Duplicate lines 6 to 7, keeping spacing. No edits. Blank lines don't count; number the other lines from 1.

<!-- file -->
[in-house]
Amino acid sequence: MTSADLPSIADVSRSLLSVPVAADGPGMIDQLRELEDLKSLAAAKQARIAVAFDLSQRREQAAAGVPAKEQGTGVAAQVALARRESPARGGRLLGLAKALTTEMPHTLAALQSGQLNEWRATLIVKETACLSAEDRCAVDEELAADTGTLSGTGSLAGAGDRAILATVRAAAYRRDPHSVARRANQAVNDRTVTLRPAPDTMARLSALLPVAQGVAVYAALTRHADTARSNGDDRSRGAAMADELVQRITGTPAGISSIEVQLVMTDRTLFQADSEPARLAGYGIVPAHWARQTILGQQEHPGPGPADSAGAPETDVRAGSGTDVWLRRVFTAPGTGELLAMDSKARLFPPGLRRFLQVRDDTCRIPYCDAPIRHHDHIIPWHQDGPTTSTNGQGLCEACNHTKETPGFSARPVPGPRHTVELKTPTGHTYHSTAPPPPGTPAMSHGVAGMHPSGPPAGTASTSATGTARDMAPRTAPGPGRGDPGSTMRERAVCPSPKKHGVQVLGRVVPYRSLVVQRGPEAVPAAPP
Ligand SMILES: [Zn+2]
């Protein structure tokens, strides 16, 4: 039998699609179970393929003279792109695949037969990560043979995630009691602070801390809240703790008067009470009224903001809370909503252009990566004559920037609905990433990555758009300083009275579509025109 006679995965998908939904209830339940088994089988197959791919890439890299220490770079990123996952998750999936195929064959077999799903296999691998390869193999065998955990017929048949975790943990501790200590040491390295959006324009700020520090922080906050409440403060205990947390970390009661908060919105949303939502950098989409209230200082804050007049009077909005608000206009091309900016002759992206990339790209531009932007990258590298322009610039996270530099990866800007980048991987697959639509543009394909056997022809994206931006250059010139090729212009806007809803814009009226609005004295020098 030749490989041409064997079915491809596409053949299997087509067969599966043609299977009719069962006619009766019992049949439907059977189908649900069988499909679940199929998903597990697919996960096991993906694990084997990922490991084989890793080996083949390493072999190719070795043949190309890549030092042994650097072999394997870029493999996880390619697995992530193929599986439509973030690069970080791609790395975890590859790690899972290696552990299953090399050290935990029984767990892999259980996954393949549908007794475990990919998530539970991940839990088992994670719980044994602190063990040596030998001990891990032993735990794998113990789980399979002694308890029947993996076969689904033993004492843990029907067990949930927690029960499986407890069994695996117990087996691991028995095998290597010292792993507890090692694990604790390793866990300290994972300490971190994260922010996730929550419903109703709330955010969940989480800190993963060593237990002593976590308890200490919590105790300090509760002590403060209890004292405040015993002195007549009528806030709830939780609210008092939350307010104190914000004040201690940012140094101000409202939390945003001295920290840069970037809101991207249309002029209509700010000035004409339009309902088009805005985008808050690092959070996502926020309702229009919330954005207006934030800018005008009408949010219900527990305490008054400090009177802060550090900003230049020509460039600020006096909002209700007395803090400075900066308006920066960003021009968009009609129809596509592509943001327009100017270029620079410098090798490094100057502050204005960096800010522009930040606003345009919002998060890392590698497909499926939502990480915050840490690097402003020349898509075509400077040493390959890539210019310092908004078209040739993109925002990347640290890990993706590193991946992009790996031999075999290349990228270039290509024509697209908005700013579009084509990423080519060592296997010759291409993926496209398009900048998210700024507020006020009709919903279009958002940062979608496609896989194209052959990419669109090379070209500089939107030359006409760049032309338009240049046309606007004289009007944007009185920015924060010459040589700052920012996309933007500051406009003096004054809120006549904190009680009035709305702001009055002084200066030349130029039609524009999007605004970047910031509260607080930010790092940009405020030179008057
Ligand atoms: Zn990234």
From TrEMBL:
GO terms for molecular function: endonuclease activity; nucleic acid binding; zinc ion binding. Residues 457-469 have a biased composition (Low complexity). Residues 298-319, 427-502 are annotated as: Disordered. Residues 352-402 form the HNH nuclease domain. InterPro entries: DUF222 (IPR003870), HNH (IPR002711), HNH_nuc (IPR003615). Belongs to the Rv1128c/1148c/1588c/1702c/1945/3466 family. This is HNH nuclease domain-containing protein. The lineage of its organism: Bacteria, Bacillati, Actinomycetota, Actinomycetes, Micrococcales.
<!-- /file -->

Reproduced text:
From TrEMBL:
GO terms for molecular function: endonuclease activity; nucleic acid binding; zinc ion binding. Residues 457-469 have a biased composition (Low complexity). Residues 298-319, 427-502 are annotated as: Disordered. Residues 352-402 form the HNH nuclease domain. InterPro entries: DUF222 (IPR003870), HNH (IPR002711), HNH_nuc (IPR003615). Belongs to the Rv1128c/1148c/1588c/1702c/1945/3466 family. This is HNH nuclease domain-containing protein. The lineage of its organism: Bacteria, Bacillati, Actinomycetota, Actinomycetes, Micrococcales.